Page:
Nelis Wolmarans’ Advanced Tips for Bird Photography

Nelis Wolmarans is a South African Wildlife photographer and the Grand Prize Winner of the 2018 Windland Smith Rice International Awards photo competition. He has been my guide for several birding trips to African countries and has also become a dear friend. He has taken the time to thoughtfully contribute some of his advice in order to get the best bird photos. Nelis has contributed to another post on our blog, Basic Tips for Bird Photography.

Creative Bird Photography

Digital photography allows us the freedom to experiment and not have to pay every time we press that shutter button, so play around with exposures and shutter speeds to create otherwise eye pleasing or fun images.

Shooting Birds Underexposed

Pay close attention to not only your subject, but also the immediate environment that makes up the background of your subject. If the background is very dark and your subject is beautifully lit, underexpose your image so the dark background turns to black and you remain only with that which the light touches.

Goliath Heron by Nelis Wolmarans | Goliath Heron by Owen Deutsch

High Key Bird Photography

To pull off successful high key photography, having the right background is essential. The best results are often obtained with clean backgrounds of either clear skies, white or very light-colored sand, smooth water surface or yellow grass. The cleaner your background, the better and the less work you have to put in when post-processing.

Overexpose your image by two full stops or more so as to completely blow out or overexpose the background. Then during the post-processing of your image, bring back the shadow areas of your subject or even the whole subject. How much you bring back depends entirely on how you wish to show the image.

Coppery-tailed Coucal by Nelis Wolmarans

Slow Shutter Bird Photography

The idea is to show movement but maintain the integrity of the image. I always try to obtain a shutter speed which will freeze the head but allows a blurring or movement effect around the wings of the bird.

Lilac-breasted Roller by Nelis Wolmarans | Lilac-breasted Roller by Owen Deutsch

Freeze your bird image by choosing the right shutter speed

Smaller bird species with much faster wing beats would obviously require a much higher shutter speed, especially when photographing bird species such as Kingfishers and bee-eaters. I generally try to maintain a shutter speed of no less than 1/2500 sec and if the light allows for faster speeds, even better.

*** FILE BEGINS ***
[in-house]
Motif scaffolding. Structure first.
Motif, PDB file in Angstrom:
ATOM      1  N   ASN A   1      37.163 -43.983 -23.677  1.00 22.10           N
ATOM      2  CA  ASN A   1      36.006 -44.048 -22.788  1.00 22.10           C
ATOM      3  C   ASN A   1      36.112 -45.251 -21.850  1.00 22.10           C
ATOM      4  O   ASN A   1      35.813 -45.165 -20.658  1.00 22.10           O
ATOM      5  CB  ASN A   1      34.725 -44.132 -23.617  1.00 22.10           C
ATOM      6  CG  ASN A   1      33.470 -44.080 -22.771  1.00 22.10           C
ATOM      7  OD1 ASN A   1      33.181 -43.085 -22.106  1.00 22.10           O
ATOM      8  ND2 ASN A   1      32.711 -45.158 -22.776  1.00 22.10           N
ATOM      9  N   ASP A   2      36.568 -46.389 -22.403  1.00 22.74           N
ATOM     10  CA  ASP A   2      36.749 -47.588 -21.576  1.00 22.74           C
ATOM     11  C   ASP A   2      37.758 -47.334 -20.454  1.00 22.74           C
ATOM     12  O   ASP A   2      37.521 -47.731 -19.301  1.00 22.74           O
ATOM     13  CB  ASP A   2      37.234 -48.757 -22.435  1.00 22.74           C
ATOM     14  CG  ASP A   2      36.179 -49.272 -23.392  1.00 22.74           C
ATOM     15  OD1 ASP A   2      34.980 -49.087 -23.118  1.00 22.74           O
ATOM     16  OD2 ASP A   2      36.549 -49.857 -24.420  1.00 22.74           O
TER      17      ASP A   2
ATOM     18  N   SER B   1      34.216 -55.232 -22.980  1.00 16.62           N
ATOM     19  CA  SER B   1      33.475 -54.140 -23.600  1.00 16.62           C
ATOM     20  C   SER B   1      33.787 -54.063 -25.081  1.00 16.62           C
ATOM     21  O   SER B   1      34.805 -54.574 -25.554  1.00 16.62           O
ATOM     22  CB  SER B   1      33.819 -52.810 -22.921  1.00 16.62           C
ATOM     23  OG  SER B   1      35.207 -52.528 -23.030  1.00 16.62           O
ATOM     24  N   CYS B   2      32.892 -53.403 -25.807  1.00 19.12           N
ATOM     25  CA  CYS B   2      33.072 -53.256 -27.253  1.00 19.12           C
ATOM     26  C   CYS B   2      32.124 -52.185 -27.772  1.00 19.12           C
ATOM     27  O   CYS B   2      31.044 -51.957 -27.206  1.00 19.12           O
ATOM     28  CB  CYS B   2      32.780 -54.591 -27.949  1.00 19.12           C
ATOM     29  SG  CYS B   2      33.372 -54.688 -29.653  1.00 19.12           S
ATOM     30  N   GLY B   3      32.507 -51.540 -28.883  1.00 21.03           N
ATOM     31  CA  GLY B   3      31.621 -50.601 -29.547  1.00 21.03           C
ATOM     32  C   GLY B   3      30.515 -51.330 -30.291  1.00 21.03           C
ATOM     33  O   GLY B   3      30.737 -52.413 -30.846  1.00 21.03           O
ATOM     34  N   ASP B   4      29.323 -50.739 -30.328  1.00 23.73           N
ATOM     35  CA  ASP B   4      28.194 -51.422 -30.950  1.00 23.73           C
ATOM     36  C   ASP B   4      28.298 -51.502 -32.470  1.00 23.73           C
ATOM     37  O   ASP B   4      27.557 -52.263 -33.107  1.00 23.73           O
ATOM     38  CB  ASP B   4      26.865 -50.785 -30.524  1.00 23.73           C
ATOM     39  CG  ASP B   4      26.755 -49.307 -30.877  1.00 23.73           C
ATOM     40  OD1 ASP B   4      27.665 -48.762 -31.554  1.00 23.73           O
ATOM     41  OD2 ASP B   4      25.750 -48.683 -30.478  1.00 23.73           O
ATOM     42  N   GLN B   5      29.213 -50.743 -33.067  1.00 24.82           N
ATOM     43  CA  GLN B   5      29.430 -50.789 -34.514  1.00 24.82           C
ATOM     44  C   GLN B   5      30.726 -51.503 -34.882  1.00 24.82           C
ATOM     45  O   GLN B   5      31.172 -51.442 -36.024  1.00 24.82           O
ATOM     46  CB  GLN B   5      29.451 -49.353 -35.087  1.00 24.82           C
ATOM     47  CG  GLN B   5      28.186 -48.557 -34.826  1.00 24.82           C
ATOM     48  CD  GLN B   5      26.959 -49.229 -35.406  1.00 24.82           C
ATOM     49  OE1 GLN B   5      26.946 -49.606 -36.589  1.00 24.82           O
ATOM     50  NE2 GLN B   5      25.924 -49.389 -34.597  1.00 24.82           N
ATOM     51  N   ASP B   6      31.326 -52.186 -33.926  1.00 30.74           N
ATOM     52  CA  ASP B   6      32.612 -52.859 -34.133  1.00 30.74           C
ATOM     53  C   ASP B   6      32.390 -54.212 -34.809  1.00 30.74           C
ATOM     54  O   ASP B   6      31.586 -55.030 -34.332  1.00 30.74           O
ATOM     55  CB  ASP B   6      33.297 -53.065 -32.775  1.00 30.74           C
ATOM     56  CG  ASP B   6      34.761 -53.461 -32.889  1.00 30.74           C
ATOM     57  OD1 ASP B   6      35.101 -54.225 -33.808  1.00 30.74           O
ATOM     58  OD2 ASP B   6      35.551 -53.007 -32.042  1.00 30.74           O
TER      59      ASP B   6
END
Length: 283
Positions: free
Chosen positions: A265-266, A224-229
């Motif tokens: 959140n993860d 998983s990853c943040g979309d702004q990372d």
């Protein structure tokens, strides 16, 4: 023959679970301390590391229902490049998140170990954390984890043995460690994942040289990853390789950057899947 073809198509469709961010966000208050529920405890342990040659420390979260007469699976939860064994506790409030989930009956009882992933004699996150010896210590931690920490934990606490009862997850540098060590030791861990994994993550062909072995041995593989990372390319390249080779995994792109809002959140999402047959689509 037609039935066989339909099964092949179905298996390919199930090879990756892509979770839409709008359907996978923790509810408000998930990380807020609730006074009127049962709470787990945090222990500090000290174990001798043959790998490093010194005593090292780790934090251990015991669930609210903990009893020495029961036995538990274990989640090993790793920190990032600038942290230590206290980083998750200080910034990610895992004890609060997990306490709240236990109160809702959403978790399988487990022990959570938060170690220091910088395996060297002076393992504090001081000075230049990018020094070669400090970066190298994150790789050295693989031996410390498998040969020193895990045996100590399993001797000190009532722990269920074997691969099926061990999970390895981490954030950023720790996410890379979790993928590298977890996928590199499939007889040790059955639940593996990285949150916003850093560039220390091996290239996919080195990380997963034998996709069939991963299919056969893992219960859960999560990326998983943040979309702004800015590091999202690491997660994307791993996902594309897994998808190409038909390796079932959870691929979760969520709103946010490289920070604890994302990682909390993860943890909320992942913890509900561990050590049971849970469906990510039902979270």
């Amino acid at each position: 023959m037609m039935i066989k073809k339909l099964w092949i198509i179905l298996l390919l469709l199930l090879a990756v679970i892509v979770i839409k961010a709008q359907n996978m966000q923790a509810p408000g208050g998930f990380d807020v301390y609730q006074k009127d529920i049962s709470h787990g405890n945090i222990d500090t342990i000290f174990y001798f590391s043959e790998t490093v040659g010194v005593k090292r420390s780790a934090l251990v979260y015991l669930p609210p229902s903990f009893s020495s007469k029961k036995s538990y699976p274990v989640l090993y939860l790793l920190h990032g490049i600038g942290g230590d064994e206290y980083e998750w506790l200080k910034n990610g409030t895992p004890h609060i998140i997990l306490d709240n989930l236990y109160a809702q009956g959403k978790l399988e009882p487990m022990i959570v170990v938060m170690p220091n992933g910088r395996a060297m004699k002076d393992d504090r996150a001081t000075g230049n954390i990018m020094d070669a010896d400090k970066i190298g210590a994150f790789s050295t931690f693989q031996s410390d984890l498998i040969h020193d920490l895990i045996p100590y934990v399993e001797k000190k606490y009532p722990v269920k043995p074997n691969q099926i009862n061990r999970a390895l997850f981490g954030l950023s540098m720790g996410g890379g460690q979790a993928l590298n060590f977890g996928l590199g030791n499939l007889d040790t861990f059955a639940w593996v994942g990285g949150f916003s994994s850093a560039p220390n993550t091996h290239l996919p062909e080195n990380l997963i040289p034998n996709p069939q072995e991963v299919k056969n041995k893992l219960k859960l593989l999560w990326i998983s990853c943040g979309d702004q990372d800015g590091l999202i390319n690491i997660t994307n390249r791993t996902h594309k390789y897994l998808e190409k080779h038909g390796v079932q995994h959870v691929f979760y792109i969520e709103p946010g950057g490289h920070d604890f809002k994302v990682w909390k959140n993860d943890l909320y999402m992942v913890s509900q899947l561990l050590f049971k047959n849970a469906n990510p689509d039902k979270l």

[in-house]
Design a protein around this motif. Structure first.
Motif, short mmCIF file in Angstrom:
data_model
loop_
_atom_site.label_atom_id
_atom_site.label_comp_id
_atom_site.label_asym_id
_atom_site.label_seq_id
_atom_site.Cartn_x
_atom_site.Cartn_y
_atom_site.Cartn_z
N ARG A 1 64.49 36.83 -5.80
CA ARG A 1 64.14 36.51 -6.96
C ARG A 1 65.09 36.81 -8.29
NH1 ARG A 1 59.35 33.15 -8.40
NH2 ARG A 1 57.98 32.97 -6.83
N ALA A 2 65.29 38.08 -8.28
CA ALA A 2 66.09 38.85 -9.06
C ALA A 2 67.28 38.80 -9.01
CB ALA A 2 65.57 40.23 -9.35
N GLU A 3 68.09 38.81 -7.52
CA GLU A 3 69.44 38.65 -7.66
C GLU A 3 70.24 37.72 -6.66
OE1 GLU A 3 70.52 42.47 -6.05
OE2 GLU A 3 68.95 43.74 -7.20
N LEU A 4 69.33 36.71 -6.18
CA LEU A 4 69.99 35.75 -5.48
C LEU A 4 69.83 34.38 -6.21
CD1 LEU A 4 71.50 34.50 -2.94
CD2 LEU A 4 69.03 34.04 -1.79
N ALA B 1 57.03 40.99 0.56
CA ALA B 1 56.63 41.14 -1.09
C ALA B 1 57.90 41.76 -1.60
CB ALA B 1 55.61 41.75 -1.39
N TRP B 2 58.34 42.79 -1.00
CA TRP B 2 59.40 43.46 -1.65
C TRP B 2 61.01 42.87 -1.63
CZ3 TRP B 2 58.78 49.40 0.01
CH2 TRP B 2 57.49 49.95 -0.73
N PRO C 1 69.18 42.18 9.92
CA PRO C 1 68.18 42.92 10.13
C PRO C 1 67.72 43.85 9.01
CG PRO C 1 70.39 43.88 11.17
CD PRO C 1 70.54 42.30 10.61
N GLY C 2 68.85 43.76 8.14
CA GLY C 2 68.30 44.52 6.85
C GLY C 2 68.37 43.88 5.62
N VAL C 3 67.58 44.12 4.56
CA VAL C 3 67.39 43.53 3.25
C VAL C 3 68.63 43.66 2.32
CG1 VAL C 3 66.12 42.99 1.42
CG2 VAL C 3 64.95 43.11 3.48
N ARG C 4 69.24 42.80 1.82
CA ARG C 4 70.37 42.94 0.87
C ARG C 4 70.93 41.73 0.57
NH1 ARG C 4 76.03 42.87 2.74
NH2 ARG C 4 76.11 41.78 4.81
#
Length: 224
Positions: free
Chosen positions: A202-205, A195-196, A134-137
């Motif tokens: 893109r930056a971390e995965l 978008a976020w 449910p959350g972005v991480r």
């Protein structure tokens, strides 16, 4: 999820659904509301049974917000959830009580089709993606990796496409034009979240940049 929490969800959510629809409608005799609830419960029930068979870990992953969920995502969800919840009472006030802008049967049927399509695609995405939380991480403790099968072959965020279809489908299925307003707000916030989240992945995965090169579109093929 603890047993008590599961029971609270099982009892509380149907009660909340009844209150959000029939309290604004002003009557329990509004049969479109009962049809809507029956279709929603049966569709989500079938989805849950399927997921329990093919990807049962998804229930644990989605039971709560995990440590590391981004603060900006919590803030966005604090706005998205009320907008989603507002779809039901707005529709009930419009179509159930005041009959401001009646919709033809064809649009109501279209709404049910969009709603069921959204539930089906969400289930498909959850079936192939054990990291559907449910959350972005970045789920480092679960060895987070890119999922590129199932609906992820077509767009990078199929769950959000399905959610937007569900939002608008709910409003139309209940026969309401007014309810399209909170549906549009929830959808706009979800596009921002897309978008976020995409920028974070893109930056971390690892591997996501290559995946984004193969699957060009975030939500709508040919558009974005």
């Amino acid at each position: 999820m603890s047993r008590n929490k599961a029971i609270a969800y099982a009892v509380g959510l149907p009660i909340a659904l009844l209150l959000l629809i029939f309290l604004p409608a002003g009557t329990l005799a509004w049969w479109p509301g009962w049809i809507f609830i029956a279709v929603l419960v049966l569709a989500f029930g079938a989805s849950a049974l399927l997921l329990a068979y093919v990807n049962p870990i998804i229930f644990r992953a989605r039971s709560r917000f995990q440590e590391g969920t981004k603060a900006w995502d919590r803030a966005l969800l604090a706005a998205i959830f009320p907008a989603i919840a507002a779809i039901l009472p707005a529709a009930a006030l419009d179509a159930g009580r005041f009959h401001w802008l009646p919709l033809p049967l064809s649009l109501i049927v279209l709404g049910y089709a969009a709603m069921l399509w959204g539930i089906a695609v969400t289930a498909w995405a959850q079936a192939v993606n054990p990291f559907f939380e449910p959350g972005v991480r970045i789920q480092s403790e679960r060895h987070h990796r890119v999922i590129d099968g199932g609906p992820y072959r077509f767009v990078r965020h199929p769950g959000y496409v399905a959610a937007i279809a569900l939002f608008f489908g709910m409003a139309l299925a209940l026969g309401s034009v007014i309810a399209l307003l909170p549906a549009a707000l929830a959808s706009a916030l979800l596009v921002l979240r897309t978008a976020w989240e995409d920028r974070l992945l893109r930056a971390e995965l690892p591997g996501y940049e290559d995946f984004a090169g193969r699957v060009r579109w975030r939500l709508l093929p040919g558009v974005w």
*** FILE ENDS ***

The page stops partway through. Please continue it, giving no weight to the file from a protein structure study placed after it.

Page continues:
Larger bird species, such as Herons or large raptors require less speed but do your best to not drop the shutter speed to less than 1/1000 or 1/1250 sec.

African Fish Eagle by Nelis Wolmarans | African Fish Eagle by Owen Deutsch

Position yourself to photograph large birds of prey taking off or landing

The single most important factor which I take into consideration when faced with taking these kinds of images is the direction of the wind.

Large bird species will more often than not use the wind for an easier take-off and landing. This makes it quite easy for yourself to position correctly for these types of images and if you are really lucky, you will have both the sun and the wind at your back. Should you need to choose between sun and wind, well, an image of a bird flying away from you does not exactly spark much interest so rather stick with wind over sunlight. You can always lift your exposure to put more definition under the wings.

This generally works really well when photographing these large birds taking off, but a very important thing to keep in consideration is not to put the bird under pressure. By doing this, you are forcing the bird to look for a safer or alternative direction in which to take off.

These large birds will also choose to land into the wind as it allows them to hover effortlessly for a few seconds before touching down, which makes for a much safer and more controlled landing.

White-backed Vultures by Nelis Wolmarans | White-backed Vultures by Owen Deutsch

Subject display

Most of us, myself included, started our photography by taking what I commonly refer to as an ”ID shot” where the subject shows very little or no personality. As time continues, we wisen up a bit and start looking for something unique, something that will make the viewer stay on the image a little longer.

Things to take into consideration would be the way in which the bird presents itself, the background, and of course unusual behavior.

Bird presentation

The following points I had to learn the hard way and it was mostly thanks to Owen on that first safari to make me realize what I was doing wrong.

• Birds with longer bills demand more depth of field when facing you.

• Darker birds with darker bills are better to photograph with the bird in a side profile so that the bill does not get lost in the dark plumage.

• Take note of distracting branches in front of your subject whilst out in the field photographing. Do not wait to get home and then only notice these.

• Do not crop the tail unless it is cropped naturally by a branch, rock or other natural factors in the field.

Magpie Shrike by Nelis Wolmarans | Magpie Shrike by Owen Deutsch

Backgrounds can make a photo

Where at all possible, always try and position yourself in a way that allows a clean or as clean as possible background behind your subject. When we talk about clean backgrounds, we refer to a background that does not take away from your subject or distracts from your subject. Clean backgrounds can be found:

• Where the subject and the background are separated by a good distance.

• When using a shallower depth of field in the camera but not jeopardizing the subject itself.

• When the background is of a single color such as clear skies, tall grass, a smooth water surface or even the wall of a building.


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